The most important feline nutrition trends in pet stores include raw, natural and a focus on high-quality proteins.
Pet retailers know cats are obligate carnivores, and people who love their cats are obligate consumers. Felines are hard-wired to eat meat, and cat owners want to find the right meat for their furry loved ones. Retailers that can supply these shoppers with good information and high-quality foods can succeed in this important category.
Manufacturers say that the top trends in feline nutrition reflect the larger trend of consumers seeking healthful diets for the entire family.
“We’ve seen an increase in pet parents’ desire to learn more about species-appropriate diets for their four-legged family members,” says Kevin Malnor, vice president of marketing and sales for Vital Essentials, based in Green Bay, Wis. “Grains, fruits, vegetables or other types of fillers are not part of an appropriate diet and awareness of this fact is on the rise among pet parents.”
Vital Essentials offers Vital Cat raw diets and treats. The limited-ingredient foods are based on the Alpha Prey-Model Diet. Last year, the company launched the Vital Cat line, raw entrees in freeze-dried and frozen options. The foods contain no artificial ingredients, do not use fillers and are sourced, made and packaged in the USA.
“One of the recent changes we’re seeing is an increased interest in new pet food forms focused on health and health-related benefits,” Malnor says. “Many of our consumers know that their cat’s diet is directly correlated to the health, wellbeing and longevity of their four-legged family member. We’re seeing more consumers switching from commercially available foods to Vital Essentials in alignment with this sentiment.”
To help drive sales at retail, Vital Essentials offers frozen chubs in eight-ounce packages, and a “try me free” rebate offer.
“We know that trying a new food can sometimes be a challenge for our retailers,” Malnor says.
Educational efforts help too, and Vital Essentials invested in an educational initiative in 2017 for retailers and consumers. Stores hosted pet nutrition seminars for consumers, which Malnor says resulted in increases not only in single day sales, but also post-event purchases of Vital Cat products. The company offers two seminars, taught by animal nutrition experts.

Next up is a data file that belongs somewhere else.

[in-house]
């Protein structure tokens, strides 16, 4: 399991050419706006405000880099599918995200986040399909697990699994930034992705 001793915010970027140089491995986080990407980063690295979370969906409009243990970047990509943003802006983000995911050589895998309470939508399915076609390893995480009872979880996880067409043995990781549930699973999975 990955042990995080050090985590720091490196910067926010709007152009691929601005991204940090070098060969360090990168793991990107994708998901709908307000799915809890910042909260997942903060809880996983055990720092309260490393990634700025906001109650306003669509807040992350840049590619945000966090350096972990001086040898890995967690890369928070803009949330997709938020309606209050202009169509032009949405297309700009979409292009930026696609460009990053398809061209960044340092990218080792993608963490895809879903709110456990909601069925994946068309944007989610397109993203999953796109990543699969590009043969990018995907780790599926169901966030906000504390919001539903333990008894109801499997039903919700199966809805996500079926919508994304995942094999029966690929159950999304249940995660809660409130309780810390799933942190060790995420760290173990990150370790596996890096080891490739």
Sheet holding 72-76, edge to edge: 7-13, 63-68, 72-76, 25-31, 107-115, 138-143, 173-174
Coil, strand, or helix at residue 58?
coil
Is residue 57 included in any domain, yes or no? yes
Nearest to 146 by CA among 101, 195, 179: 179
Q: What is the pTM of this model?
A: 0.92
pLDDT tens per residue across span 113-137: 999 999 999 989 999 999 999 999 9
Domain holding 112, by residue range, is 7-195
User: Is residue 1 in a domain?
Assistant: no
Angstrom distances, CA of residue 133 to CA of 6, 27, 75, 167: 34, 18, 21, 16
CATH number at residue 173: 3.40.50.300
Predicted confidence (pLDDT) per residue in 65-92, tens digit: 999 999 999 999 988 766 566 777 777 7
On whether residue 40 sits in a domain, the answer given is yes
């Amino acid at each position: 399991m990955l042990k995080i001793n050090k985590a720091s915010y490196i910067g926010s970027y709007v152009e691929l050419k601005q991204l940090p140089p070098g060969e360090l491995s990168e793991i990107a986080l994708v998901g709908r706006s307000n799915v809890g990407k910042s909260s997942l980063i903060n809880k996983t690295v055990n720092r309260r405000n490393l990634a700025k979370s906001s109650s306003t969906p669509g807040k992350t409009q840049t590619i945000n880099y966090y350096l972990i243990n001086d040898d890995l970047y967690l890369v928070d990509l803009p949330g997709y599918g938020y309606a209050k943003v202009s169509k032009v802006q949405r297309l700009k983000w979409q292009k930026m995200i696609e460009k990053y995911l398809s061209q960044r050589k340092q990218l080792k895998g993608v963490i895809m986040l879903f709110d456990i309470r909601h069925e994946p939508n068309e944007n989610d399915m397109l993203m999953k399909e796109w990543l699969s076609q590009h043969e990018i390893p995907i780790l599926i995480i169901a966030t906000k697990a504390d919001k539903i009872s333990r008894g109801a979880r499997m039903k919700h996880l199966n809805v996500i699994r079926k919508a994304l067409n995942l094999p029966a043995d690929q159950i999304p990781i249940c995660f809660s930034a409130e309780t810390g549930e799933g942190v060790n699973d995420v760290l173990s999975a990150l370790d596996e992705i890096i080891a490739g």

For some cat owners, treats are an important part of nutrition, so these small bites have to also be meat-centric. NutriSource recently launched 13 new canned cat entrees and will soon launch freeze-dried treats.
“All of our new products have high percentages of meat protein and superior nutrition—vital for the long-term health of your beloved pet,” says Colin Redding, territory manager for Arizona, Hawaii, New Mexico and Las Vegas for Tuffy’s Pet Foods, makers of NutriSource, Pure Vita, Natural Planet and other brands. “We offer maximum bioavailability, which means pets get the most nutrition from their food as quickly as possible.”
Redding explains that cats digest their food in a very short period of time.
“Health starts in the gut with proper digestion. It’s our belief that, through proper mineral, prebiotic and probiotic support, we can empower your pet to break down their food more efficiently,” he says. “Our products help feline friends extract more vital nutrients than other pet food brands, which results in a robust immune system with fewer trips to the vet.”
Another important feature in feline nutrition is meat content, as well as how the meat is cooked. Redding says the new products offer higher meat content, and the kibble is cooked below 200 degrees. All the Pure Vita cans contain a minimum of 96 percent meat protein from a single source.
“The more bioavailable the food, the better it’s digested, which means a happy, healthy pet,” he says.
Responding to cat owners’ desire to add more protein options to their cats’ diets, Portland, Ore.-based Radagast Pet Food, Inc., makers of Rad Cat Raw Diet, launched Natural Pork Recipe this year.